By Jason Oshins, Financial Advisor, MBA
I’m a Yankees fan. A proud one at that. The Yankees have had measured success over the long term. My favorite team of all time is the team that won the World Series in 1998. They set a record for most games won that year—they won 114 games. Do you also know what happened? They lost 48 games! Thirty percent of their games! That’s a lot of games to lose… unless you view it within the context of how many they won.
The market has experienced extreme volatility. Sure, it doesn’t feel good, but it’s not shocking. This is what markets do – they go up, and they go down; and the movement isn’t linear. This is the essence of volatility, and through it investors capture returns. Fortunately, the market goes up more – a whole lot more – than it goes down. In fact, when we assess the performance of the S&P 500 from 1926 to 20161, we see that nearly three quarters of the years have provided positive returns. Moreover, the average return over these 67 positive years is 21.11%, overwhelming the average of -13.61% during the 24 negative years. Further, the average return over this 91-year period is 11.95%. Think about that. If you could head to Las Vegas and get those odds, would you?
We have an opportunity to approach investing from a scientific and academic perspective and, essentially, apply evidence-based medicine principles to the investment world. This entails owning equities, diversifying globally, rebalancing, and remaining disciplined. It involves no stock picking and no market timing. Rebalancing, which is the process of regaining the pre-determined mix of asset classes, facilitates the Holy Grail of investing: buying low and selling high. After all, based on their relative performance over time, asset classes drift, resulting in either over or under representation. This compromises the integrity of the portfolio. Having a mechanism for rebalancing built into the process facilitates selling high and buying low.
We are human, and we have emotions. When something feels good, we want more. And when something doesn’t feel good, we avoid it. Furthermore, we watch TV, read magazines and newspapers, and engage in conversations. These can create anxiety, which, in turn, can result in destructive behavior. The problem isn’t the market decline. The problem is how we – emotional humans – react to it. Those who panic perpetuate the pain; and those who remain disciplined, who rebalance their portfolio, rightfully reap the rewards. This is an opportunity for us as advisors to demonstrate leadership and manage our client’s behavior so they remain disciplined.
According to DALBAR2, an independent group that conducts research on market performance, this human element wreaks havoc on investor performance. Each year, DALBAR publishes the “Quantitative Analysis of Investor Behavior”, which studies actual – not hypothetical – investor returns. In its most recent study, published in 2017, it shows that the average equity mutual fund investor’s return over the past 30 years was 3.98%, substantially under-performing the market. The S&P 500, for context, provided a return of 10.16% during this same time period.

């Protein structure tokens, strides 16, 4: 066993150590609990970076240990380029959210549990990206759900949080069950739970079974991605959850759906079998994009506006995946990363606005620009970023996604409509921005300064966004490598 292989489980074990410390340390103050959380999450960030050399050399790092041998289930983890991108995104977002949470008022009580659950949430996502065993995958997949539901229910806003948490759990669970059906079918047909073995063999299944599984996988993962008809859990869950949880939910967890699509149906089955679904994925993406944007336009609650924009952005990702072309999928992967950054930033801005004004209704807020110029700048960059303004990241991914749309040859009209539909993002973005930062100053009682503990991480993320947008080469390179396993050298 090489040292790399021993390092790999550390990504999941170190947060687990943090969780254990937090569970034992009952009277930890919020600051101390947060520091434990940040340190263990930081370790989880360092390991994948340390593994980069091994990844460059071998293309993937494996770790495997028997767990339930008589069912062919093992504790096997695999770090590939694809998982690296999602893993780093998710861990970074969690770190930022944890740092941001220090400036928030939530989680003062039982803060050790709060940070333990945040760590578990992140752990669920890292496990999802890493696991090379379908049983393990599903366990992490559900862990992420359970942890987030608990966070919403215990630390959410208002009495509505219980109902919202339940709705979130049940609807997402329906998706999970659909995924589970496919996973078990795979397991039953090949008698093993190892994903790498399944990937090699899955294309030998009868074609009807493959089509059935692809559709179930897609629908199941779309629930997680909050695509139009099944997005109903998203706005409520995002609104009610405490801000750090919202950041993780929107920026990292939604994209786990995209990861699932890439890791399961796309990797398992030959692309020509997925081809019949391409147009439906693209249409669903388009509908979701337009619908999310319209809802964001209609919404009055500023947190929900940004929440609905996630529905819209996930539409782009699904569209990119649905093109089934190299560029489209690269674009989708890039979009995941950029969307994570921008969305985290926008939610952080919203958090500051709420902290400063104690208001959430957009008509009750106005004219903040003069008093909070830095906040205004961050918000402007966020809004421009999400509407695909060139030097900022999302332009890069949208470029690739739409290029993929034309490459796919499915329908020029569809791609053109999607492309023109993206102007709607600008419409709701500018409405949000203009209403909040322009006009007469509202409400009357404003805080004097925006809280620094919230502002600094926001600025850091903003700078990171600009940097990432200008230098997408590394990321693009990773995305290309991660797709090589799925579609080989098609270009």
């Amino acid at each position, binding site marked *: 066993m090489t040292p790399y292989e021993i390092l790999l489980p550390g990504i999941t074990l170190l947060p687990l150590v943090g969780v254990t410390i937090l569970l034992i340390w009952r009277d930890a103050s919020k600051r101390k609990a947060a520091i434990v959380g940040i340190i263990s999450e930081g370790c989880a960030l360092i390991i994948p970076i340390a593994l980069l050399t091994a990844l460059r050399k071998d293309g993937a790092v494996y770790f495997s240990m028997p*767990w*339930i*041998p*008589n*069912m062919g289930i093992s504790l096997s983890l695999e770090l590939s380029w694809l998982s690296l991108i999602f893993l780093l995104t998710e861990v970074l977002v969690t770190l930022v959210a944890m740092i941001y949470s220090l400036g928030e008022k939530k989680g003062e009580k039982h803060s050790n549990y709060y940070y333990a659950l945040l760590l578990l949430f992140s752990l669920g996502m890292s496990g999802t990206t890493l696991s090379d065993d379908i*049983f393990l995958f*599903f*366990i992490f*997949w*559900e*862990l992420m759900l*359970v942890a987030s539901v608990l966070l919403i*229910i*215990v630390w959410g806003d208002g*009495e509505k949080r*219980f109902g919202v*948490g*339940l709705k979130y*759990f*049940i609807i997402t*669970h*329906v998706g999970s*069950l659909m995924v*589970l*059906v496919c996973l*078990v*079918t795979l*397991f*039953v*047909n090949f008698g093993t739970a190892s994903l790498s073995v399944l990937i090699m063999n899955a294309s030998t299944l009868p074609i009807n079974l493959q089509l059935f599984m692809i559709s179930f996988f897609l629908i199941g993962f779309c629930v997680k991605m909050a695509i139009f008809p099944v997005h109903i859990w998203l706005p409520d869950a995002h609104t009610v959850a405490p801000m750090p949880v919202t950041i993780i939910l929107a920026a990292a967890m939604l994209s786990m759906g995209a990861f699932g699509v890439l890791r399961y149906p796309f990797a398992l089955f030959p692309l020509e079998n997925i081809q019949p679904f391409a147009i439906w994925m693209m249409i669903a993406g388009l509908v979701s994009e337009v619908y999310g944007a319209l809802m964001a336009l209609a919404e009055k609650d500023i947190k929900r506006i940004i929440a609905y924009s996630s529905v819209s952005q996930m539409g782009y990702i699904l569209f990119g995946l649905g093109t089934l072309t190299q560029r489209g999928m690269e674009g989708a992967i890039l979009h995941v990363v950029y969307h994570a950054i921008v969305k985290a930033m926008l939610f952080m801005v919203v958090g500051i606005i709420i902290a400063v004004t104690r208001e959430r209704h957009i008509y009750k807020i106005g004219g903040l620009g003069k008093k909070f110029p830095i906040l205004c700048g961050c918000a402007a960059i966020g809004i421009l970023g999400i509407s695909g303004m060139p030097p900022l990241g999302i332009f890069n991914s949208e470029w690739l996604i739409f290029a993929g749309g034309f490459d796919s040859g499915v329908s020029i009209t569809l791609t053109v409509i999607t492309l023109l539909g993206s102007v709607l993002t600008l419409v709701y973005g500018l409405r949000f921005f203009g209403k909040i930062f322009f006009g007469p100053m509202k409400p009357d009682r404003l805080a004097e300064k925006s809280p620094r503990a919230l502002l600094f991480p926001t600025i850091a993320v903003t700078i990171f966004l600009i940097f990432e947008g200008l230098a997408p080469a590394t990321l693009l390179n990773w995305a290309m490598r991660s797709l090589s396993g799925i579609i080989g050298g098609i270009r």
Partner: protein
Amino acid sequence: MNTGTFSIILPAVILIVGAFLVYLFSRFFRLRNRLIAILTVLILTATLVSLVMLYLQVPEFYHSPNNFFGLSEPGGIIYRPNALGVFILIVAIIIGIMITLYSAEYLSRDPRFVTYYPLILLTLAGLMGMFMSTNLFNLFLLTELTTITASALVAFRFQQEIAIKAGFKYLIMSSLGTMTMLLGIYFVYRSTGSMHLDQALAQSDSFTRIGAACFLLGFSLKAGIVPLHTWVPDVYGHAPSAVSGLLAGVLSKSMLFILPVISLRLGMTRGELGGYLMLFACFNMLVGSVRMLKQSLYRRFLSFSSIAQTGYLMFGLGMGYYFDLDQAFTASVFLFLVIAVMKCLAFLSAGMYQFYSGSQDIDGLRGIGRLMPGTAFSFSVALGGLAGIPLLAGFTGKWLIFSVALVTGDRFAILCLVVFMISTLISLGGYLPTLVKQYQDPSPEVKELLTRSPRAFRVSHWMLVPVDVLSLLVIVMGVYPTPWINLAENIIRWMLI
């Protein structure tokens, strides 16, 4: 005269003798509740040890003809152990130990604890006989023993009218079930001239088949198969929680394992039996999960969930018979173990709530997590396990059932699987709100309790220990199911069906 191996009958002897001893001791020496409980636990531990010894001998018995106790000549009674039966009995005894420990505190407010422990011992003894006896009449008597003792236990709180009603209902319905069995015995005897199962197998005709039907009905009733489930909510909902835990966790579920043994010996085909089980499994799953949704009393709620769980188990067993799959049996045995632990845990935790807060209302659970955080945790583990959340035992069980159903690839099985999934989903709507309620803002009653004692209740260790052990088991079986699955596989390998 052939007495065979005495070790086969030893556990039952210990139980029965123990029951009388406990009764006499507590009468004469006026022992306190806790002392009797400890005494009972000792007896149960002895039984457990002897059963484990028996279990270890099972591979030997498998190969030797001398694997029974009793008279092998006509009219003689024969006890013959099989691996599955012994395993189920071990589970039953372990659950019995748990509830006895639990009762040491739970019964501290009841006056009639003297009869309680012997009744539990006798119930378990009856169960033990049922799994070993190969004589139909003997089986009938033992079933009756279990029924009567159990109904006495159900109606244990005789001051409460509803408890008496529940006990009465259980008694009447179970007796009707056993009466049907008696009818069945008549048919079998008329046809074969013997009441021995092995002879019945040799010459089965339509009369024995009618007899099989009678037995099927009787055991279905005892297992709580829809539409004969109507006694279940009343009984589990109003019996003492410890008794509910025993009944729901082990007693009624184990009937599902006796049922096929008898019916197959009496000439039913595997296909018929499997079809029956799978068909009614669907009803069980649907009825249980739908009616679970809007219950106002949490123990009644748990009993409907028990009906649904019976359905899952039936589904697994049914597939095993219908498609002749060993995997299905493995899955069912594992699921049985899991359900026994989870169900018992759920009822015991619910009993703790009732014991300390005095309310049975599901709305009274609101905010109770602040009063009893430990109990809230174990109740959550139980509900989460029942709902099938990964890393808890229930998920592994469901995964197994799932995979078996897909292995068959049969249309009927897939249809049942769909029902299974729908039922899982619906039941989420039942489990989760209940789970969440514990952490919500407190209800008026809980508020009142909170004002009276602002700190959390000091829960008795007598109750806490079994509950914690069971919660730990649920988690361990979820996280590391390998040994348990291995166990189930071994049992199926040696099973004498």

Investing is done for the long term. Perspective is critical. So, unless something has changed in your client’s life, then this is an opportunity to coach them to remain disciplined and to rebalance their portfolio, applying the principles endorsed by Nobel Laureates.
 Matson Money, “Gearing Up For the Crash”. Historical stock market information is derived from returns software created by Dimensional Fund Advisors LP (DFA) as updated through Dec. 2016. DFA is a registered investment adviser that, among other things, specializes in and sells statistical market research and mutual fund management. DFA obtains some of its market data from the Center for Research & Security Pricing (CRSP), part of the University of Chicago’s Booth School of Business (Chicago Booth).
 DALBAR, Inc. is “the financial community’s leading independent expert for evaluation, auditing, and rating business practices, customer performance, produce quality, and service”. Each year, DALBAR publishes the “Quantitative Analysis of Investor Behavior”, a study of actual investor returns.
ABOUT THE AUTHOR
Jason Oshins is a Financial Advisor with WestPac Wealth Partners. He works closely with clients throughout the country to increase wealth during lifetime, improve income during retirement, and provide a greater legacy upon passing, while also insulating them against life events, taxes, inflation, and market volatility. He specializes in the areas of estate planning, investments, retirement planning, insurance planning and design, disability protection, long-term care, wealth transfer, and business planning. Jason obtained his MBA from the University of Michigan in Ann Arbor. He can be reached at (702) 470-2753 or by e-mail at firstname.lastname@example.org.